One of Adreno's Sponsored Spearfisher runners up Darren Stack has written this exciting, indepth blog about his spearfishing trip over Easter...enjoy!
It was the Thursday afternoon leading into the Easter weekend, the minutes felt like hours and the hours just didn't seem to pass. The Weather had already ruined our plans to head up to the Keppel’s and left us with only the Friday to squeeze in some local diving, obviously we were keen to make the most of whatever we could!
As the first ray of light snuck through the window I was awake, pumped and ready to dive. Arriving at the boat ramp I was glad to see the boys all set and ready to go. Unfortunately, being good Friday, every boat on the Sunshine Coast was in on the action. We pushed past the muddy inshore waters and everyone was pleased to find a beautiful 5 knot breeze, nonexistent swell and 12-15m viz, which seems rare these days. We pulled up on one of our normal spots and it was ON! It must have been just seconds after the engine was cut and Karl was already 10 meters down... BAM WAHOO! Just kidding, there was none of that. The fish seemed very skittish and the amount of boat traffic was almost scary, luckily we had a great boaty for the day thanks to Cliffs Dad, Stephen.
After a few dives on a small ledge I was almost ready to move on but decided on one last dive to suss out a school Sawtail Surgeons which came swimming by. As I dropped down to the school I spotted a beautiful parrot fish sitting underneath the school and just out of range. The hunt was on, I knew he had not yet spotted me and made every effort to keep it that way. I slowly drifted along with the school, paying no attention to the parrot until I was a perfect long shot away. I didn't know Surgo's would make for such great camouflage but it worked out perfectly. I dropped down further almost on the bottom, parallel to my target and landed a shot dead centre of the body. I knew the shot was not ideal for such a soft fleshed fish and although I planned to play him softly, I knew if he made it to the reef it was game over. He was off, darting straight for the reef, I was hardly rising to the surface while trying to keep enough pressure on the line to hold him off the reef. I felt the line go slack and rocketed to the surface with the disappointing feeling that the spear might have ripped through. After a few breaths & pulling the line into visibility I was stoked to see... MY FIRST PARROT!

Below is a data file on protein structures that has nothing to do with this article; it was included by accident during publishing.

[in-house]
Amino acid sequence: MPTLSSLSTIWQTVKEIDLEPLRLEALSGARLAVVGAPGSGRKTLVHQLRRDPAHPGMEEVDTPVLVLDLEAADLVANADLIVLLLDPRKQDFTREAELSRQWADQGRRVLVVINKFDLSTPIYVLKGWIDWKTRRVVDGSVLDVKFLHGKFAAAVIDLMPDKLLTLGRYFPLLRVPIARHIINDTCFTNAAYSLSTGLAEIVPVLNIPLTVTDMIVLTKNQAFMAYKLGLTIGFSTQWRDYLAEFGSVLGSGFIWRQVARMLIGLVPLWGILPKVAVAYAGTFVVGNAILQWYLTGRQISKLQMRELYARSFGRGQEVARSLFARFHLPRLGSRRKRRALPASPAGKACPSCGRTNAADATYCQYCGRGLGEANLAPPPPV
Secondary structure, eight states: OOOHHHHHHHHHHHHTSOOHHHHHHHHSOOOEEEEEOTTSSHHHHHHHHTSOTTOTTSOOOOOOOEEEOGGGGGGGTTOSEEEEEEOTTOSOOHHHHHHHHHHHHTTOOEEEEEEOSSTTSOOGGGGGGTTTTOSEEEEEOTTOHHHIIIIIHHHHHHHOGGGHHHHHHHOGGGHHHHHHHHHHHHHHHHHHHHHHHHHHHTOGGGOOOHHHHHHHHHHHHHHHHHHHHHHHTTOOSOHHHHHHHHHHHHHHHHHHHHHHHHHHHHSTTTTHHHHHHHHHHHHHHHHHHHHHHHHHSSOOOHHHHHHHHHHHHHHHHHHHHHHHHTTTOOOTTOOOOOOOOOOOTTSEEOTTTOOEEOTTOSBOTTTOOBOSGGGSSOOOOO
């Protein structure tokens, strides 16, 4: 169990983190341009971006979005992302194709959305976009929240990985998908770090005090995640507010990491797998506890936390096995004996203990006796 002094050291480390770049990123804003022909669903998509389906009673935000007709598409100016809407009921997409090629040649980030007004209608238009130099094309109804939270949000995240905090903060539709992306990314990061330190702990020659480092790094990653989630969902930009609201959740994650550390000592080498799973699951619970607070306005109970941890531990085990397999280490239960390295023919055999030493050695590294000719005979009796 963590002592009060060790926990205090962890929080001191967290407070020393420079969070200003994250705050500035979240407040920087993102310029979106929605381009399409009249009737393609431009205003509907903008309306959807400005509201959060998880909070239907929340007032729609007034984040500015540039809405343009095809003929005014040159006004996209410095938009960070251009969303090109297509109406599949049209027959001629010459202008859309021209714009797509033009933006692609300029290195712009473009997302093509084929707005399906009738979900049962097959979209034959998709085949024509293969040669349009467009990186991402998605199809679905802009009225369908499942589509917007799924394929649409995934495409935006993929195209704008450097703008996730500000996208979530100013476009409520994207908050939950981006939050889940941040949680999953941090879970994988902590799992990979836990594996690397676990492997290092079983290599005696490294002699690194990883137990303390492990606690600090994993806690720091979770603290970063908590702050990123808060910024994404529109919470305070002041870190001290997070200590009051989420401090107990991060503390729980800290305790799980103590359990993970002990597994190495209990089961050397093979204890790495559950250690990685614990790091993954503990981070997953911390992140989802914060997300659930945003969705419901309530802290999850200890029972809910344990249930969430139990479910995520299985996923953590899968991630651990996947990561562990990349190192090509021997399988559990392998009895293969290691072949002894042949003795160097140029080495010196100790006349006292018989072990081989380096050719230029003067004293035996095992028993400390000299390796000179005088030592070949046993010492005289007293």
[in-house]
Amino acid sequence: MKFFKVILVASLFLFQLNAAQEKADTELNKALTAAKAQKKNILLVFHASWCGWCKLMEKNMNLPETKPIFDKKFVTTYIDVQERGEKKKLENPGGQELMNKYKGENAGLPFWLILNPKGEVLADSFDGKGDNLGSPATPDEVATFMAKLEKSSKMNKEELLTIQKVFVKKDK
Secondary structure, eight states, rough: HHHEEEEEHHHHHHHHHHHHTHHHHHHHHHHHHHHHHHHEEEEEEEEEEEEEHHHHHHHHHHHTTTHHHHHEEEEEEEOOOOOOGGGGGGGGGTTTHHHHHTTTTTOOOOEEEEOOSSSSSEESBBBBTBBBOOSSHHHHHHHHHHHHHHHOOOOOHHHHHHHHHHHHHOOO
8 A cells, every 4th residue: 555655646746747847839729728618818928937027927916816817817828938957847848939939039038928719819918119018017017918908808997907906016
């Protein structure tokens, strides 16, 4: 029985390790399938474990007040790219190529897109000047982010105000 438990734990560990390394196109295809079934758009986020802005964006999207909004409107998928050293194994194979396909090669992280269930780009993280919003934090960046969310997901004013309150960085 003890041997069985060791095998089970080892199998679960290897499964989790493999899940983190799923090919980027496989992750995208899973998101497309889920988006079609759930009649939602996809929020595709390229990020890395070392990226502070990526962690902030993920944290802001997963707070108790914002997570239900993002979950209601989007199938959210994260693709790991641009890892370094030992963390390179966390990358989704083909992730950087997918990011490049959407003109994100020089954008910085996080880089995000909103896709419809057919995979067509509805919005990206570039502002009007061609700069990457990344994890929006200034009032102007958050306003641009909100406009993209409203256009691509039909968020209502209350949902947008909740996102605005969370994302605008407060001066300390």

The day was getting on and a few of the guys had Family commitments in a few hours so we decided to find some easy, shallow ground to finish the day. After months of hard, dirty hunting it felt great to finally see the bottom again. The ground wasn't the most interesting and the current was rushing but the fish were definitely about. My first dive down I found myself in a game of cat & mouse with a Purple Tusky. He was on to me and for some reason wanted to avoid my spear. After a slow chase I thought I had lost him, I watched as he ducked in behind a bommy. I lost sight and knew the only chance I had was to catch him out if he popped out the other side of the bommy, I thought he might have kept swimming straight but it was the only shot I had. I was hiding behind a nearby rock and taking aim at what seemed to be nothing, time was ticking away and soon it was time to leave. Just as I was beginning the short ascend to sweet air I seen my beautiful Purple Tusky pop it's beautiful head from around the bommy. A quick flinch of the finger and i had him pinned under a nearby ledge fighting to get free. As tempting as it was to salvage my catch on that dive I reminded myself that no fish are worth dying for and quickly returned to the surface. A quick breathe up later and I was back on the bottom fighting to free my spear which was stuck deep in coral. After 2-3 dives loosening the spear, it finally popped free and was quickly added to the esky. Such a beautiful fish... MY FIRST PURPLE TUSKY!
Shortly after, I heard Rogan yell from a little up current "Lot's of Grassy's over here, give em a shot!". I swam over and he told me he had been hunting these Grassy's hard for ages and in true Grassy style they were staying just out of range. I wasn't expecting much but I dropped down with intentions of laying on the bottom, grassy hunter style. I paid no attention on the descend and to my surprise when I looked up I was literally face to face with a small Grassy Sweetlip. Much too close to shoot, there was under 50cm between me and my pray. I had never shot a Grassy but knew that they were very skittish, I knew that I could make no sudden movements, soo... I just lay there, in a stare off with a Grassy, neither of us game to make the first move. After what seemed like forever the Grassy just gave up, it slowly swam to point blank range in front of my spear, turned broadside and stopped. Before pulling the trigger I had a little chuckle to myself knowing that this is the complete invert of a standard Grassy hunt and all of a sudden, there she was, lying on ice in the esky. MY FIRST GRASSY SWEETLIP!
Karl, who had only recently moved over from New Zealand and was unfamiliar with our vast range of species, managed to shoot a mix bag of reefies; mostly Graphic Tuskfish, a purple tusk fish and a few Surgeon fish (nothing wrong with Surgo's they chew up great!). Unfortunately Rogan had had very little luck that day, which is very unusual for him, so he decided to nab a quick Surgo for the pan before heading in for a photo shoot and the all important MACCAS!
Like all good things in life, a little is never enough and we quickly decided to do a camping trip the following day to shore dive Kingscliff. Stay tuned...